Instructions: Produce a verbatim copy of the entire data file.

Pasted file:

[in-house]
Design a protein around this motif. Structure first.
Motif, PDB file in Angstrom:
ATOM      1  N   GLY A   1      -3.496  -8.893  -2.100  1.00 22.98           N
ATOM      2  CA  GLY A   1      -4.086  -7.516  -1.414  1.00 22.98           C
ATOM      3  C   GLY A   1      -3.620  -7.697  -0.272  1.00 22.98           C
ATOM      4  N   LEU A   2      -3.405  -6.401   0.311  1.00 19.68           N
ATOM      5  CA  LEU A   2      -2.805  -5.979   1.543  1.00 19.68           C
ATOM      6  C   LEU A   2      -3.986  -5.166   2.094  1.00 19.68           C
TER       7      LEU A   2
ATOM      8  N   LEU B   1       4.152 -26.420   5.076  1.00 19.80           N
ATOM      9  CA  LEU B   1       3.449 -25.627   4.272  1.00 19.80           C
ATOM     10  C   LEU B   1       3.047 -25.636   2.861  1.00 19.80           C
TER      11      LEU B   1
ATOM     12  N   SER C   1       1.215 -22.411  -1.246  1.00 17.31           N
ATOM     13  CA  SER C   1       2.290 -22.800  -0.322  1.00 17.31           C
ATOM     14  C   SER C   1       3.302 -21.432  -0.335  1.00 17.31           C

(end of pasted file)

[in-house]
Design a protein around this motif. Structure first.
Motif, PDB file in Angstrom:
ATOM      1  N   GLY A   1      -3.496  -8.893  -2.100  1.00 22.98           N
ATOM      2  CA  GLY A   1      -4.086  -7.516  -1.414  1.00 22.98           C
ATOM      3  C   GLY A   1      -3.620  -7.697  -0.272  1.00 22.98           C
ATOM      4  N   LEU A   2      -3.405  -6.401   0.311  1.00 19.68           N
ATOM      5  CA  LEU A   2      -2.805  -5.979   1.543  1.00 19.68           C
ATOM      6  C   LEU A   2      -3.986  -5.166   2.094  1.00 19.68           C
TER       7      LEU A   2
ATOM      8  N   LEU B   1       4.152 -26.420   5.076  1.00 19.80           N
ATOM      9  CA  LEU B   1       3.449 -25.627   4.272  1.00 19.80           C
ATOM     10  C   LEU B   1       3.047 -25.636   2.861  1.00 19.80           C
TER      11      LEU B   1
ATOM     12  N   SER C   1       1.215 -22.411  -1.246  1.00 17.31           N
ATOM     13  CA  SER C   1       2.290 -22.800  -0.322  1.00 17.31           C
ATOM     14  C   SER C   1       3.302 -21.432  -0.335  1.00 17.31           C